Yesterday, New York Governor Andrew Cuomo announced a plan to fast track construction on a new train hall at James A. Farley Building, to be called Moynihan Station, which would house rail service for Long Island Rail Road and Amtrak. Penn Station would continue to be the base for NJ Transit, though it isn’t clear how significant the impact of the LIRR shift will be in practice, since all three railroads will continue to use existing tracks and platforms. Significant renovations also are slated for Penn Station to alleviate cramped and dreary conditions at the rail hub, the country’s busiest.
The idea to use the general post office building to alleviate pressure on Penn Station has been around for decades. What differentiates this plan, according to Cuomo, is that all the funds and approvals are in place to make it happen.
RPA President Tom Wright spoke to media about the plan’s potential impact:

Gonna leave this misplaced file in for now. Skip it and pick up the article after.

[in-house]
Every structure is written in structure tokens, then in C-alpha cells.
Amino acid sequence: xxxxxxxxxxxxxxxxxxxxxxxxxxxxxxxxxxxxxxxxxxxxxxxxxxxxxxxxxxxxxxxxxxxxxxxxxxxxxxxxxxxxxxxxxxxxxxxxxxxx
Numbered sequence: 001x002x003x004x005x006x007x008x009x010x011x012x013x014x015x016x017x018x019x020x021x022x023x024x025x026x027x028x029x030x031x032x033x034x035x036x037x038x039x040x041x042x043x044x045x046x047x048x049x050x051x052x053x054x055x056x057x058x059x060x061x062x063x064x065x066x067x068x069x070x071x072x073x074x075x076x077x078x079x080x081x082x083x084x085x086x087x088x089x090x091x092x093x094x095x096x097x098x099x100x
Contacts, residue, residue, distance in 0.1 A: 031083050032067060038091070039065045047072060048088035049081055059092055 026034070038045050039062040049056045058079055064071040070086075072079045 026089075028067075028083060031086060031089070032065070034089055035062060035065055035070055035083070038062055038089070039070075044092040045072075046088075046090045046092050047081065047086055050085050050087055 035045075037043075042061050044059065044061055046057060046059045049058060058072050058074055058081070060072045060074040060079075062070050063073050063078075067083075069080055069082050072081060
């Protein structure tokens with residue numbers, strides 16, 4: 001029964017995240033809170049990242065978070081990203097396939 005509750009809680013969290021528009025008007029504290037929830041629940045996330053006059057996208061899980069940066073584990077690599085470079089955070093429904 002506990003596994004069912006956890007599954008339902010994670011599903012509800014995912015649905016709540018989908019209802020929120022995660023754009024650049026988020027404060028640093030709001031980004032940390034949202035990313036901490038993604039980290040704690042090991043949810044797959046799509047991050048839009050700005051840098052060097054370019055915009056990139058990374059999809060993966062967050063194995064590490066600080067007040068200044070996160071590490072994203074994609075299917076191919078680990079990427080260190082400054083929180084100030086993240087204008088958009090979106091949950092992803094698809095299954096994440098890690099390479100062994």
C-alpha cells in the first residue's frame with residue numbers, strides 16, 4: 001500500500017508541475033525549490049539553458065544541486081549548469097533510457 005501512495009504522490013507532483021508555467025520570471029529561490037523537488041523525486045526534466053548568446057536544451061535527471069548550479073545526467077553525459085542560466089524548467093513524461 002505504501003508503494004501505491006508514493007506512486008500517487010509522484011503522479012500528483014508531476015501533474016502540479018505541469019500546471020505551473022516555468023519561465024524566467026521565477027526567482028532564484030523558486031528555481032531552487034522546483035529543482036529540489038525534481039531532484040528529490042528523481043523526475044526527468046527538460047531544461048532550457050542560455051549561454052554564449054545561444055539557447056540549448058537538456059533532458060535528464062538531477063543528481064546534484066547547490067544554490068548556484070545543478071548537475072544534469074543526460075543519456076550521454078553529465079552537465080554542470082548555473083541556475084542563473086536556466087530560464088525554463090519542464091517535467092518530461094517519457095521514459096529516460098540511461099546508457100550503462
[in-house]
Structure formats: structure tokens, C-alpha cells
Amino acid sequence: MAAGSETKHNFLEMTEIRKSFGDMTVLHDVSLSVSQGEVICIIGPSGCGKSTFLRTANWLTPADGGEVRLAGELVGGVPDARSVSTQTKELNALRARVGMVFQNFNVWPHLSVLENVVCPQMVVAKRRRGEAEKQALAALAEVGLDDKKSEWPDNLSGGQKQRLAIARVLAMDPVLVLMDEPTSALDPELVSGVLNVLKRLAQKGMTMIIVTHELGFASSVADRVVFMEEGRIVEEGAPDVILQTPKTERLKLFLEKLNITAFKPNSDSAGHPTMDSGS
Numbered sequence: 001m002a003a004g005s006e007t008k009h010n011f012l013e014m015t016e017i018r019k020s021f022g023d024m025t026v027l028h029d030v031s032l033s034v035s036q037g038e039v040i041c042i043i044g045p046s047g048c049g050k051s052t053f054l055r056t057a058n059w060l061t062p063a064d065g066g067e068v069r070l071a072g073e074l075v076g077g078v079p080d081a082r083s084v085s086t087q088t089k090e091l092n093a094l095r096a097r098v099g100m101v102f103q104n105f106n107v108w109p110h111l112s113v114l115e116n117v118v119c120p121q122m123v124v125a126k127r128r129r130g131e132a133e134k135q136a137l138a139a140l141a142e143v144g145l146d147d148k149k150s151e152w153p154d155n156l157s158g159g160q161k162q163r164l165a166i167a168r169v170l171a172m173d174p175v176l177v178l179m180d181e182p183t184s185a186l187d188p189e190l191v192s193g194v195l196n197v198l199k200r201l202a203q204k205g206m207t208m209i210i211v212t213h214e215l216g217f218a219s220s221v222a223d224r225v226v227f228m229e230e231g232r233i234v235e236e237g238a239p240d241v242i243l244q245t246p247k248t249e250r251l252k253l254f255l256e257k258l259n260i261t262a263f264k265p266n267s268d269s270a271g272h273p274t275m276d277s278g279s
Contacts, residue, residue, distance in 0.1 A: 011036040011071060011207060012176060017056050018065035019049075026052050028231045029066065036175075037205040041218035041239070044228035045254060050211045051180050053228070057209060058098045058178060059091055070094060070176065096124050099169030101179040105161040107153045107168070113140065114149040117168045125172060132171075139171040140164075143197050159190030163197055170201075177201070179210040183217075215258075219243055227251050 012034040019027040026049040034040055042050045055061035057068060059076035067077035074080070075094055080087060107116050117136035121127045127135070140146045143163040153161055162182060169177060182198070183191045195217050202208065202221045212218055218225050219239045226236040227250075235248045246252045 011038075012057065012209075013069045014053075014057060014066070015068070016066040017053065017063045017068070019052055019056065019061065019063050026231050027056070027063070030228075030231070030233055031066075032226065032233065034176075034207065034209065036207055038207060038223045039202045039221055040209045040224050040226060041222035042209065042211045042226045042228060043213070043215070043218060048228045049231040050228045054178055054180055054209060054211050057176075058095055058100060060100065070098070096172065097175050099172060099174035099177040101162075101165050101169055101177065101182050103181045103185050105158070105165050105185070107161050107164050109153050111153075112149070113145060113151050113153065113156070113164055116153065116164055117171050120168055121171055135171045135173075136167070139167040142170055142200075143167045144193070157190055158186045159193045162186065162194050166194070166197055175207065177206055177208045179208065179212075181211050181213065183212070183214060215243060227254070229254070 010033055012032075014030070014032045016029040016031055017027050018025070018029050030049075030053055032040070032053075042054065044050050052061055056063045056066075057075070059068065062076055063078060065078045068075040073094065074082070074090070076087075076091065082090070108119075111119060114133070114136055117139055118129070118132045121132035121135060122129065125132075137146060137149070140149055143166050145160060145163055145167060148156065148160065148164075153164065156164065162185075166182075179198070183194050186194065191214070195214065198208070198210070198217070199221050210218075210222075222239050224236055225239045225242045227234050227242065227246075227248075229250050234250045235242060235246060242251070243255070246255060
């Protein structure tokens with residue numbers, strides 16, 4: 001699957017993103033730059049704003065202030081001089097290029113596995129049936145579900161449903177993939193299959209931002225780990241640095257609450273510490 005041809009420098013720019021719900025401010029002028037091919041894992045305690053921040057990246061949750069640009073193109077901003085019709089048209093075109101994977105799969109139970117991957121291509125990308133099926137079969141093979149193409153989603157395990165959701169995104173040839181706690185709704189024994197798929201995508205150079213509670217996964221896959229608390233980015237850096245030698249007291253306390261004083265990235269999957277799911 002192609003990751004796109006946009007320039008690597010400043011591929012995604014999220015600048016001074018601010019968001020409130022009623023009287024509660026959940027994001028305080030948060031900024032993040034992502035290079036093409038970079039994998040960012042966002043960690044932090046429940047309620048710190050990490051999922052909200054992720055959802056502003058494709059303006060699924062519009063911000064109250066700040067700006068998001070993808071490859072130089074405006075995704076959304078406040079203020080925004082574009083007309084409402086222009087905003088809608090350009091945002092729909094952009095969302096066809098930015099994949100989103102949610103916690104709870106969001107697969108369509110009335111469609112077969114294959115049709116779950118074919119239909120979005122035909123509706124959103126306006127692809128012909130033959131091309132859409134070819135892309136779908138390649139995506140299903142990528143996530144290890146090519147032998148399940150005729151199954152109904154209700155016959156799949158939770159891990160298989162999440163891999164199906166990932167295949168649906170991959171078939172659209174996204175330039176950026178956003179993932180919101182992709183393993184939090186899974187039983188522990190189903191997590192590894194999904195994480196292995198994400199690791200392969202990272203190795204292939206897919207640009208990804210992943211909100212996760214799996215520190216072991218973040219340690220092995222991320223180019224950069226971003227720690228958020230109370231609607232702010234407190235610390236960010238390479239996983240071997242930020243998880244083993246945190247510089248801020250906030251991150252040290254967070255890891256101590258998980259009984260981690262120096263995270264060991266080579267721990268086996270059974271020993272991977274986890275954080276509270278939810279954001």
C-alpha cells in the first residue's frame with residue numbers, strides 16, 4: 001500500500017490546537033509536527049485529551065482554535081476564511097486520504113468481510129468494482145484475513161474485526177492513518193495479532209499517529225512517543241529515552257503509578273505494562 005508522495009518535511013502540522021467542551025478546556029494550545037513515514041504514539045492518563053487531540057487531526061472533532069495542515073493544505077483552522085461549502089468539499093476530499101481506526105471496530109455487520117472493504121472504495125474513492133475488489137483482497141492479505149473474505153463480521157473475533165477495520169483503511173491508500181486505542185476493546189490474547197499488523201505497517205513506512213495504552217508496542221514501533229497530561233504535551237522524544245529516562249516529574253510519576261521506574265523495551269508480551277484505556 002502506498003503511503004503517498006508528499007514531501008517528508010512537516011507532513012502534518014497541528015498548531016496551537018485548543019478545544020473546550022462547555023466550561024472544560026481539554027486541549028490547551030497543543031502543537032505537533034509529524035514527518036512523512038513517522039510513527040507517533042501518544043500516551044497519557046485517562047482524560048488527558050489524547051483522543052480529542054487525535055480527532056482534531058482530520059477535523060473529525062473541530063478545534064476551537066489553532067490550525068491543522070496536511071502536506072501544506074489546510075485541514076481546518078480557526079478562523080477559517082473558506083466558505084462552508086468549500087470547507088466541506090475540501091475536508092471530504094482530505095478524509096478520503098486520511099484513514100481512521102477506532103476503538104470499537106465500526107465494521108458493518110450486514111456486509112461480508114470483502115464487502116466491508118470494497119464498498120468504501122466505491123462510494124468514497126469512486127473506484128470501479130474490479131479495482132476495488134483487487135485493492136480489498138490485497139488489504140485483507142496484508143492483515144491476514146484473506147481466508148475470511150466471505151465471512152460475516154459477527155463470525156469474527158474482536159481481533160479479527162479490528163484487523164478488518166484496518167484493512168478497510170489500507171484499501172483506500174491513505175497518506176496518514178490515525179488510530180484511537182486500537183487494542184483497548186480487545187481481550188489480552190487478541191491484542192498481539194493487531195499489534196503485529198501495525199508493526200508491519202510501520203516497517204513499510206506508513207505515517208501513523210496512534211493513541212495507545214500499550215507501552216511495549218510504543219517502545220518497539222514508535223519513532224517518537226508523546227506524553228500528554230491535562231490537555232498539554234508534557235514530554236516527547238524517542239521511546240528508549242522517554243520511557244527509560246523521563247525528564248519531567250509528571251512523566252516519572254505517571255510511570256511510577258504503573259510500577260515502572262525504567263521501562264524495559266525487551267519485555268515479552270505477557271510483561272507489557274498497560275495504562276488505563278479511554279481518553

“The vision for the full complex,” Mr. Wright said, “has got to be a seamless, integrated system. Whether someone’s riding Amtrak, the subways or the L.I.R.R., they should be able to enter the complex and get to their platform as quickly as possible.”
Wright praised the governor for reviving the Farley project after years of dormancy, saying that having the great train hall ready first would make the looming new traffic more palatable to commuters. “The governor is making sure the Farley project happens and it feels like he’s putting real dollars into it,” Wright said. “That’s really important.”
What is clear, or clearer, is that by the end of 2020, New York City will have a grand new train hall. And that, according to Regional Plan Association president Tom Wright, is a good thing, because Penn Station will need the extra space once Cuomo follows through on his promise to bring Metro-North trains from the Bronx into Penn Station, and once the new LIRR terminal under Grand Central opens up, and Gateway comes online. “What’s important and positive about the statement today is that we can have some confidence that the Farley piece of it will be open in time, because that’s going to be a critical backstop when those other pieces start to move,” he said.
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